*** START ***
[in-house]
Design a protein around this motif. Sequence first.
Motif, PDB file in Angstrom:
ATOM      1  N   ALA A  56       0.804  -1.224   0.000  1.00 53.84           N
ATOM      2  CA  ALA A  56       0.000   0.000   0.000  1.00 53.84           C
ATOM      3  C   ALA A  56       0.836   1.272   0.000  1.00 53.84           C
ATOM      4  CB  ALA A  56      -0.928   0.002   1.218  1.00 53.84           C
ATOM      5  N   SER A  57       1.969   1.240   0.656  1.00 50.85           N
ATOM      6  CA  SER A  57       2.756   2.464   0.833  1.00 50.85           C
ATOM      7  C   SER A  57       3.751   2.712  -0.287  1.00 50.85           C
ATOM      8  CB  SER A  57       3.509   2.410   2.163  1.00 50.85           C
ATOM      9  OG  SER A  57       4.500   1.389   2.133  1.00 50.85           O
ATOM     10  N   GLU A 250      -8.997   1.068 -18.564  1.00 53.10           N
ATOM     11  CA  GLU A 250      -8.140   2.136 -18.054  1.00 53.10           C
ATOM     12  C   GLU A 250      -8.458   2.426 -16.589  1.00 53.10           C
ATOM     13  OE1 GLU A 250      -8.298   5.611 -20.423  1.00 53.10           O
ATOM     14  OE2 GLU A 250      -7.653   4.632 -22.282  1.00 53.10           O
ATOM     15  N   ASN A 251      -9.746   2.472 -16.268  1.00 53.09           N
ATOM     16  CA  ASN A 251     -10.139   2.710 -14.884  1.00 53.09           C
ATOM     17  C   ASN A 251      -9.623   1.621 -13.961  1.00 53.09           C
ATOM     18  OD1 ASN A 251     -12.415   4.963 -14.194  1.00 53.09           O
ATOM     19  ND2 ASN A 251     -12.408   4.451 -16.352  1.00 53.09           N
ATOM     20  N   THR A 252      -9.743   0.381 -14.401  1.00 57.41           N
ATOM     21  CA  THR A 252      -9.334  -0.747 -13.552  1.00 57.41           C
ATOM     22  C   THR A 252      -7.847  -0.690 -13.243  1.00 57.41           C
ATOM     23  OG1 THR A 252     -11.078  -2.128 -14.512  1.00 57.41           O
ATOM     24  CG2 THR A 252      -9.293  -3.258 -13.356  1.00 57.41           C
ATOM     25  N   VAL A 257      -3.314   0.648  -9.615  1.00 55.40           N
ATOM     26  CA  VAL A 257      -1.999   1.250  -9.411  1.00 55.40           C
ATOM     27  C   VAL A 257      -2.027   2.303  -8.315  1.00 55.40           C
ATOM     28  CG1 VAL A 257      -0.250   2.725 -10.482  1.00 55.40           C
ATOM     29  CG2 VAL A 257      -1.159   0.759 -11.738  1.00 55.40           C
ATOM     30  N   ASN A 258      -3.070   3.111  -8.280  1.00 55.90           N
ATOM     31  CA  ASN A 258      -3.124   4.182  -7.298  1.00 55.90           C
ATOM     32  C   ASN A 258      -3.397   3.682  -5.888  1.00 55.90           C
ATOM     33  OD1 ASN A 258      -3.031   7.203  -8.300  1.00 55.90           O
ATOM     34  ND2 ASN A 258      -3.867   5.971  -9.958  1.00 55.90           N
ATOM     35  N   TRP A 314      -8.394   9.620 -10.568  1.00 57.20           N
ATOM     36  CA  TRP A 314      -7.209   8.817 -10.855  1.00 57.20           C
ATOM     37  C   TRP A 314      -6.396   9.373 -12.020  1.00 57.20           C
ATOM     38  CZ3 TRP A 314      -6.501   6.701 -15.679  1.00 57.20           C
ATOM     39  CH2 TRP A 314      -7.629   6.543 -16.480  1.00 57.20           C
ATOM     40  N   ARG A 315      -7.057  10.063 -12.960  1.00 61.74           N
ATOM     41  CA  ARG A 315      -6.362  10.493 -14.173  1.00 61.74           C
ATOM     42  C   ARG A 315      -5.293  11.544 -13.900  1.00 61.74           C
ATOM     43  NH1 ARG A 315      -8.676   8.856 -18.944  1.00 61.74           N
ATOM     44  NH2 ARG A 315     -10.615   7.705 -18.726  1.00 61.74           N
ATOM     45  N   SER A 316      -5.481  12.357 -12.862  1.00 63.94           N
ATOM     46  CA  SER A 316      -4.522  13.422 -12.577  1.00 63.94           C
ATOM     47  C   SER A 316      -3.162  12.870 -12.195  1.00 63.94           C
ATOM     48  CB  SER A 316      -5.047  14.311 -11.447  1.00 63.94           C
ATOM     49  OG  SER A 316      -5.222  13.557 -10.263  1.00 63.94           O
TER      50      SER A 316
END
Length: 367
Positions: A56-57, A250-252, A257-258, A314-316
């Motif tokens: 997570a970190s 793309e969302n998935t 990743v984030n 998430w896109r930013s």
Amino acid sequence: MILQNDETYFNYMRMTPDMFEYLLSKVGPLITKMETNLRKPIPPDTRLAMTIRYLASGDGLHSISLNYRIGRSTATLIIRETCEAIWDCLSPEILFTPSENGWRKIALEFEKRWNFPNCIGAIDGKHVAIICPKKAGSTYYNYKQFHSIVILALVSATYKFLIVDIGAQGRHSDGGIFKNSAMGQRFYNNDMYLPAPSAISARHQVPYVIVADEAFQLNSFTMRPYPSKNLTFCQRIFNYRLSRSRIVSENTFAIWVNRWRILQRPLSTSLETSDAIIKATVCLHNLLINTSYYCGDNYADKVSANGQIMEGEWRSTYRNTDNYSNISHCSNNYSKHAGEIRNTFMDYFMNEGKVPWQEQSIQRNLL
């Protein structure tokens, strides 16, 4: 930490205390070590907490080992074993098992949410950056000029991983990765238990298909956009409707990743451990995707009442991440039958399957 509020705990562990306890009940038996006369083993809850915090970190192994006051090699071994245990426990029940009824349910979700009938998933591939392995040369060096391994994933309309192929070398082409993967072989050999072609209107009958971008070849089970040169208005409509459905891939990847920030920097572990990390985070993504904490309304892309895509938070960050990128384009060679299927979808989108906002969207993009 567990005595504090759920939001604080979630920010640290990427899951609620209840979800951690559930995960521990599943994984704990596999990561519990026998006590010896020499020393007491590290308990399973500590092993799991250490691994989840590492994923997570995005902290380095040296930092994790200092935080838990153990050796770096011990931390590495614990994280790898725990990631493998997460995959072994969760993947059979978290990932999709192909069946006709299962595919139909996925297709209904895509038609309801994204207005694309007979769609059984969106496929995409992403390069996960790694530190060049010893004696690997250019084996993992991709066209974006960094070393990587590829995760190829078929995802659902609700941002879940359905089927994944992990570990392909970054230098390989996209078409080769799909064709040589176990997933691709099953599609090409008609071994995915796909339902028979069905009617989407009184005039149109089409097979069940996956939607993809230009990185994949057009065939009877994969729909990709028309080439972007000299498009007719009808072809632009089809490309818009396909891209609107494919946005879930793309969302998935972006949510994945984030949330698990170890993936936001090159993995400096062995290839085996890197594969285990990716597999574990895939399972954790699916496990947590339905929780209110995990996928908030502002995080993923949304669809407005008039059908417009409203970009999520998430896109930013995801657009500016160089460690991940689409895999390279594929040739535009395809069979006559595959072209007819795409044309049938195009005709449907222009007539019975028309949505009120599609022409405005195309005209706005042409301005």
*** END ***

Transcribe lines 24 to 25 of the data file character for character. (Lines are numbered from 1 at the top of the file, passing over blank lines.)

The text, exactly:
ATOM     21  CA  THR A 252      -9.334  -0.747 -13.552  1.00 57.41           C
ATOM     22  C   THR A 252      -7.847  -0.690 -13.243  1.00 57.41           C